Brian Jones
A founder of the Rolling Stones, Jones had a troubled personality and penchant for drug dependence that eventually led to his unceremonious firing from the band. A month later, on July 3, 1969, he drowned in his swimming pool, the victim of what the coroner described as "death by misadventure" but what is now widely believed to have been a murder.

Allan "Blind Owl" Wilson
As the leader and vocalist of the band Canned Heat, Wilson had an oversized persona and a voice that made the band one of the more distinctive acts that performed at the legendary 1969 Woodstock festival. However, his fondness for drugs, heroin specifically, led to his demise. He died September 3, 1970, from an overdose of barbiturates, a probable suicide. 

Jimi Hendrix
Perhaps the greatest guitarist of his generation, Hendrix was also given to the popular excesses of the '60s, specifically drugs, groupies, and all other manner of self-indulgence. On September 18, 1970, he was found dead in his bed, the apparent victim of asphyxiation when he choked on his own vomit. 

Janis Joplin 
A brilliant singer, Joplin overcame the scorn she faced growing up in Port Arthur, Texas, to become one of the leading voices of the San Francisco scene. Her performances at the Monterey Pop Festival in 1967 and, later, Woodstock made her akin to a legend. Sadly, she was given to excess in an attempt to mask her pain and loneliness. She was found dead of an apparent heroin overdose on October 4, 1970. 

Jim Morrison
Another extraordinarily brilliant artist, he attracted a cult-like devotion at the helm of the Doors. Unfortunately, his larger-than-life personality and fondness for booze and drugs also led him down a gradual downward spiral. It culminated in his death in a bathtub in his Paris flat, due to what was believed to be have been heart failure.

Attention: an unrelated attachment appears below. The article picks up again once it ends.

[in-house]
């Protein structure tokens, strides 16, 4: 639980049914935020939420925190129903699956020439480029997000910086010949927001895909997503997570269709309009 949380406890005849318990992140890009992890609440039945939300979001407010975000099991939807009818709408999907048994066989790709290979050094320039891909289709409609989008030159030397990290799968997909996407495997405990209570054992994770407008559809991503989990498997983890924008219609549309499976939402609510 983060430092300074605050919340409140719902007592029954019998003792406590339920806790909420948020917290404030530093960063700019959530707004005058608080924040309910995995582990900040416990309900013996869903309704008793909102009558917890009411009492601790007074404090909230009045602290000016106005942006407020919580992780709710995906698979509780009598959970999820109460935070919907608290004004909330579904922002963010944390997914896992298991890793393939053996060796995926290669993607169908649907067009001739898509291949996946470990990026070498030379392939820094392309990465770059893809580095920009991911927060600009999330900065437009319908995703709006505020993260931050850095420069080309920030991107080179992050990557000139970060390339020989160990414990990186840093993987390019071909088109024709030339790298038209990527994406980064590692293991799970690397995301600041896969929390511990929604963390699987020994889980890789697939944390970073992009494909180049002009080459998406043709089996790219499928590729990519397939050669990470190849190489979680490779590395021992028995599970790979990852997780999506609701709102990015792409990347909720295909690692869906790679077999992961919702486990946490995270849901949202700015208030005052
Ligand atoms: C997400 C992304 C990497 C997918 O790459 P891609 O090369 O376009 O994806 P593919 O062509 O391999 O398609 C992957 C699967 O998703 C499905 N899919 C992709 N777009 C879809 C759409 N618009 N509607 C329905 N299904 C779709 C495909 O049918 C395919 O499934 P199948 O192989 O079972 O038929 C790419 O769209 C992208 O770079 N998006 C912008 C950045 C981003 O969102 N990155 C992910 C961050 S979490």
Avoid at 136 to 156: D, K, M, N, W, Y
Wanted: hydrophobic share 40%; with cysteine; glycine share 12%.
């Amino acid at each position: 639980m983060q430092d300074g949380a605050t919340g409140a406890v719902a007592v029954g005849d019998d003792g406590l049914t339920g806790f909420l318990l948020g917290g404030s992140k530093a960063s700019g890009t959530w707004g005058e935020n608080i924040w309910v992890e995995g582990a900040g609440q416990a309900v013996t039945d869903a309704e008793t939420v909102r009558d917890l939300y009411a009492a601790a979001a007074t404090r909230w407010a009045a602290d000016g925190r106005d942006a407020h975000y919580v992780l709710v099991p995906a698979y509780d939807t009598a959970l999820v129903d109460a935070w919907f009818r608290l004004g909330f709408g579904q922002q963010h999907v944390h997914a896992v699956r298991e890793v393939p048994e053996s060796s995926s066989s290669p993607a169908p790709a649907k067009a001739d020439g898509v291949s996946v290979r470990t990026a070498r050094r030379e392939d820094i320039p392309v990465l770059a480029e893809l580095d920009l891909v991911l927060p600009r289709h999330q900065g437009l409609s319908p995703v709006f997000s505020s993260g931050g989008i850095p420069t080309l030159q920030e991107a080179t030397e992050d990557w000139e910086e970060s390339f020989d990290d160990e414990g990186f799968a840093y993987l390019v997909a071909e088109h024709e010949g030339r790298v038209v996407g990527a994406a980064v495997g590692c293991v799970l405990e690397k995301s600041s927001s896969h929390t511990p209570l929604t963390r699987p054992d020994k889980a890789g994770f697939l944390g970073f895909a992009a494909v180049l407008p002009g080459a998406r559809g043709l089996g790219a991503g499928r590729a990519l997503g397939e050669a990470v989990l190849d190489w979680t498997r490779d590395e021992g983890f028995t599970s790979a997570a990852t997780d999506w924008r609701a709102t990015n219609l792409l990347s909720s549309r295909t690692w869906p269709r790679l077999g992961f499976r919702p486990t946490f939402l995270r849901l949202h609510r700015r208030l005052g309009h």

Les Harvey
The brilliant guitarist for the British blues-rock band Stone the Crows, Harvey was accidentally electrocuted onstage in front of his bandmates on May 3, 1972, when he grabbed a charged microphone stand. 

Ron "Pigpen" McKernan
The original singer of the Grateful Dead, Pigpen was one of the band's more colorful characters. He died of gastrointestinal failure on March 8, 1973, a condition reportedly aggravated by alcohol. 

Dave Alexander
The original bassist for the Stooges, Alexander died of pulmonary failure on February 10, 1975. 

Pete Ham
The cofounder of the band Badfinger, the most successful act on the Beatles' Apple label -- besides the Fab Foursome themselves -- Ham took his own life on April 24, 1975. This was due to his despondency over the band's plunging financial fortunes. Several years later, fellow band member Tom Evans would do the same. 

Gary Thain
Thain, the original bassist for the British heavy blues-rock band Uriah Heep, succumbed to a drug overdose on December 8, 1975. 

Chris Bell
A cofounder of the legendary Memphis band Big Star alongside the late Alex Chilton, Bell helped define the band's retro pop sound, which influenced an entire generation of artists that followed. He died in a car accident on December 27, 1978.

Jacob Miller
As lead vocalist for the band Inner Circle, Miller helped shape the sound of modern reggae. He also died in a car accident, on March 23, 1980.

Amy Winehouse
The latest victim of the "curse of 27," Winehouse's fondness for drugs and other excess cast her as a doomed figure from the beginning. One of the greatest voices of the past two decades, she passed away on July 23, 2011, from what's now believed to have been an accidental poisoning. 

"Now he's gone and joined that stupid club," Cobain's mother lamented at the time of his demise. Whether she was referring to the "27 Club" or the fact that two of his uncles and a great uncle all committed suicide remains a matter of conjecture.